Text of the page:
Fanthorpe spends about twenty-five pages each introducing the four central characters of the tale. Then, he ties up the plot with his trademark psychedelic scene. In a chapter titled "Realm of Insanity" two of the main characters enter a dimensional travel device, or vehicle, too, again, escape the security forces of Rajak the Magnificent. The dimensional travel device is, of course, untested but should take the passengers to an alternate Earth. Instead, it takes them on a seemly unending ride in the Tardis where a kaleidoscope of colors serves as a backdrop for multiple alien images and scenery. Due to a short circuit, the passengers eventually return  to their own dimension and time, Earth, 2903.

There is a lovable quality to Fanthorpe's work, a child like simplicity in the stories which don't require a basis in logic. Lists of random items seem to compose his tales; time travel, the Napoleonic Era and George Orwell's Eurasia all stew into a "time echo." The setting, 2309: Eurasia, could be the far future of Orwell's 1984 which Fanthorpe pays homage to in the following lines, "What, the cigarettes? ... These are only cheap ones; the good ones, now, that's what I call a smoke, but you can't get them unless you’re a member of the inner party." 

Inner Party member or no, Fanthorpe's many books are fun, relaxing reads emphasizing the occasional simple joy of a twisted, chaotic plot line.

Tuesday, July 3, 2012

I am A.D.D.

You will never hear me say the previous phrase. I have never been diagnosed with A.D.D. but I do have many interests. Our 21st Century life style creates situations which resemble A.D.D. We have to; go to work, get the kids, cook dinner, do the laundry and we call this multitasking. That's my evidence that I do not have A.D.D., I have limited time to dedicate to my personal interests.

I should be working on issue five of Phasic but can't quit thinking about running an E.C. campaign, there are so many unexplored areas in E.C. The whole array of rules and the game mechanics are uncharted territory for gaming.

 For example:

The Warlock: There is no traditional, sprawling list of spells in E.C. and spells are not level specific.

Weapons of Power: With the hit bonuses provided in E.C. there's going to have to be an array of power weapons and armor to fight the increasingly powerful player characters.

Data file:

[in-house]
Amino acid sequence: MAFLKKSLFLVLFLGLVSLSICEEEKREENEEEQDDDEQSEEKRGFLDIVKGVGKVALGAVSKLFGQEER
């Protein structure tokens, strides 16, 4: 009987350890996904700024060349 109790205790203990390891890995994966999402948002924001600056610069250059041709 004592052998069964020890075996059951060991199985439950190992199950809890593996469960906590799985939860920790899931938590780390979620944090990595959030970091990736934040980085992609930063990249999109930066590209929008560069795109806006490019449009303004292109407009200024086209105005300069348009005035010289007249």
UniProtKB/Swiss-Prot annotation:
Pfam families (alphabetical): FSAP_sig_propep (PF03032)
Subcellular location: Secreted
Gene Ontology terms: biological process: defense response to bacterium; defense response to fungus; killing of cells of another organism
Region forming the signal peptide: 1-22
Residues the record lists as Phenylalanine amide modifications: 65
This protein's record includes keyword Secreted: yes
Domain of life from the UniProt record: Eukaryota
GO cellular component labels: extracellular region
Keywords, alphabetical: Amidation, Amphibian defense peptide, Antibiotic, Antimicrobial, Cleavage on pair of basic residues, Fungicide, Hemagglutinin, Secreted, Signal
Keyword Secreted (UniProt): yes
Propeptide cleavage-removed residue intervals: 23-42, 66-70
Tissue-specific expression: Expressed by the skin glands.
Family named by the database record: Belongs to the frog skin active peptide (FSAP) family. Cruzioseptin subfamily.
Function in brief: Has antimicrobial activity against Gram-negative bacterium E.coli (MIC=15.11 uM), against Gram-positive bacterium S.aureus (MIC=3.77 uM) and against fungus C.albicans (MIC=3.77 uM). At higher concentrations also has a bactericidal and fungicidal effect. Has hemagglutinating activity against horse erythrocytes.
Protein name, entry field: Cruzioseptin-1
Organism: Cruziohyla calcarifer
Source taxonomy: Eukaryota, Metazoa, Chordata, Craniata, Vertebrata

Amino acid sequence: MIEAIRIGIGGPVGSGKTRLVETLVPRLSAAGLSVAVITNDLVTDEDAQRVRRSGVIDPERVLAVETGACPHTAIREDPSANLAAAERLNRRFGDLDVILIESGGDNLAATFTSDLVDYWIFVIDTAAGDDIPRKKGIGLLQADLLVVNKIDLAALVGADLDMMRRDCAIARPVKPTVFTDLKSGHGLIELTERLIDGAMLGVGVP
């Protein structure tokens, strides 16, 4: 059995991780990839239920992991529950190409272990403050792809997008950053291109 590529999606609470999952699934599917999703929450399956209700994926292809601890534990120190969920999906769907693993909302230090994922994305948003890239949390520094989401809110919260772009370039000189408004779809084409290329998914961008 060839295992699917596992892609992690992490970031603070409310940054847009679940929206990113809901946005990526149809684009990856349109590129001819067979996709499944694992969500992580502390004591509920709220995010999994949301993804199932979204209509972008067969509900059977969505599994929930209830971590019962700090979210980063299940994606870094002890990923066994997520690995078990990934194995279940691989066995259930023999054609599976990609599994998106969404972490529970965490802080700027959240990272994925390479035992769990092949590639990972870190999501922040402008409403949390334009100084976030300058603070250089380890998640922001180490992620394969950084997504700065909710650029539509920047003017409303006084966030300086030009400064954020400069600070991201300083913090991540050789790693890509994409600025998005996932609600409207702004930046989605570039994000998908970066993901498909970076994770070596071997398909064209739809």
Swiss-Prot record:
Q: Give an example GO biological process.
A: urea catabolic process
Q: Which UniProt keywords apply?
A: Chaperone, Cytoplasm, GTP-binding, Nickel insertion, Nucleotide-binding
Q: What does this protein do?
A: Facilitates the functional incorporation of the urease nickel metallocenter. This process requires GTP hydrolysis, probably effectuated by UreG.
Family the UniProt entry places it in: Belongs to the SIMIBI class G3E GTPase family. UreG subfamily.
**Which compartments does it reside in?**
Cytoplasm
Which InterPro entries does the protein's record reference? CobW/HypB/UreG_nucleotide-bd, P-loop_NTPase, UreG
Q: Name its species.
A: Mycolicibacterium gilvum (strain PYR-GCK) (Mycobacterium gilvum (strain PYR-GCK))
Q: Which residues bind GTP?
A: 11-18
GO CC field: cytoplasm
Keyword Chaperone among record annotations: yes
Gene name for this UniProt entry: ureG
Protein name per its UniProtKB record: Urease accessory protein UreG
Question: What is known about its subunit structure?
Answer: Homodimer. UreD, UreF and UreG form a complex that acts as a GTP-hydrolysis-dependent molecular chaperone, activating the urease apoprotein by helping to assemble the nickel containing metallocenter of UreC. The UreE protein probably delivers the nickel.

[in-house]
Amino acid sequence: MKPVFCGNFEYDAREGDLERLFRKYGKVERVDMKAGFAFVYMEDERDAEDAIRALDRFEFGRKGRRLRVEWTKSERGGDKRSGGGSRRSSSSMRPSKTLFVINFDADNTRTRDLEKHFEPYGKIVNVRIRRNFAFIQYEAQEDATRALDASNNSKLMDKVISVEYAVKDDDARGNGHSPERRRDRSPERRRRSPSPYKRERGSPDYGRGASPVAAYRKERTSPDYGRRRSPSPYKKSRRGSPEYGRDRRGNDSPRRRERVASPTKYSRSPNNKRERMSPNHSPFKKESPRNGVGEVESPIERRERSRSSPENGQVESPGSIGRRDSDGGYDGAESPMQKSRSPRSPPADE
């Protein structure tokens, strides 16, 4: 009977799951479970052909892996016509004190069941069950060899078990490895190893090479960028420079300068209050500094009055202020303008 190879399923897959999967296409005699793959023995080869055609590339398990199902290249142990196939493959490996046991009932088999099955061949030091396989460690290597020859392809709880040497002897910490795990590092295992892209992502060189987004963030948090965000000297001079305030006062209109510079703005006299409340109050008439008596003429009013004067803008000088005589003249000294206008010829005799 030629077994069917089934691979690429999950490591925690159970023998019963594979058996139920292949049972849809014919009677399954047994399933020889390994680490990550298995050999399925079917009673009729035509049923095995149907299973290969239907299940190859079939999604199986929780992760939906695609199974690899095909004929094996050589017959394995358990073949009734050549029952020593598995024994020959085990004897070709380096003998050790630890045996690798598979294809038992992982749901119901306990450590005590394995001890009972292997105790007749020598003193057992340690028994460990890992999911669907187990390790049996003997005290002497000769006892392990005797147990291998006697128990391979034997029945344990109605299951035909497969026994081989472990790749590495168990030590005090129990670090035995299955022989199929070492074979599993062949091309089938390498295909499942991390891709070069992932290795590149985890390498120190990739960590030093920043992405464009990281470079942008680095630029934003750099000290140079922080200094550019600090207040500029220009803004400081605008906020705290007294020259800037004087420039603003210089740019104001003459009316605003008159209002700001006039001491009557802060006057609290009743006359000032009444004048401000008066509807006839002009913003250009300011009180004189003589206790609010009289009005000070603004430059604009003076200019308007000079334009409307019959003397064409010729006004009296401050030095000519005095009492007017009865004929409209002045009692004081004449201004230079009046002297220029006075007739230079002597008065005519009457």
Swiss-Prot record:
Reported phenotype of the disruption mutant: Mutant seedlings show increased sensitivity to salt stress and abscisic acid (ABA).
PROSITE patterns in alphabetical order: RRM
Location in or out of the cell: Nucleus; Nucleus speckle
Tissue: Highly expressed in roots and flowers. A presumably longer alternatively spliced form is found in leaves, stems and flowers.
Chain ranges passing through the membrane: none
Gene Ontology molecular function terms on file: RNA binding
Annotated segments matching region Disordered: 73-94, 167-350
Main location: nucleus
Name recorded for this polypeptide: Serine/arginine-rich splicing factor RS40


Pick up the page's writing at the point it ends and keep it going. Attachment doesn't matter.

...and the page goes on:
My intention is to attempt to play E.C. as written. We all acknowledge that no one played AD&D "by the book." We were all playing Basic D&D with the AD&D elements plugged in where we liked. I am afraid I will bring the same approach to playing multiple secessions of E.C. I already have some preconceived ideas about how the game mechanics will progress. Combat saves will slow down progress but will provide a chance that n.p.c.s will survive the combat bonus happy player characters. I also can't agree with, "Attacks go in the same order, melee first, then missile." (p. 22) That ain't gonna happen, it's just illogical.

So, here's an updated list of elements I intend to use in Assignment: Outpost 6986:
1. Encounter Critical, Second Corrected Edition rule book
2. Time Echo by Lionel Fanthrope (very pulp Sci-Fi)
3. Epic Illustrated magazine
4. Adventure Time, season 1
5. A Trio of New Encounter Critical Races

As for the content from Time Echo, the antagonist in Time Echo is named Rajak the Magnificent. He's an evil dictator, like Darth Viraxis, I'll be using this name for the Warlock boss in the campaign plot.

So, enough of this nonsense for now. It has been suggested that I'm O.C.D. and I think that might be a bit more on the mark.

Sunday, July 1, 2012

Malevolent & Benign; Phasic Tumblr Archives

I was looking at my blog roll this weekend and discovered that, last October, Max of the Malevolent and Benign blog had posted a message about his new Tumblr account dedicated to Encounter Critical. He calls it the Phasic Archives and he's still updating it, almost daily. Malevolent & Benign is one of the oldest rpg blogs to mention E.C. and certainly out dates my sophomoric synopsizes.

I had to take a stroll through these pics and found this Walking Eye. I will definitely be using these in the E.C. campaign which I'm brewing up.

It also occurred to me today that it would make much more sense if the scale for the map of the Might Land, from the E.C. rule book, was 500 miles per inch, rather than, 50 miles per inch. I'm not advocating that the scale of the map be officially changed, this is just  food for thought during my design process.

I might as well throw in a few design notes; the theme of the campaign is, Assignment: Outpost 6986.
-- Outpost 6986 is an abandoned and forgotten Vulkin installation from before the Fall of the Sky Gods.
-- P.C.s are recruited to locate the outpost and recover any lost tech. it may hold.
-- Campaign will included at least one random element from; Adventure Time: Season 1, Epic Illustrated
     and  the Lionel Fanthorpe novel Time Echo.

So, stay out of the heat ya street urchins and I'll try to do the same.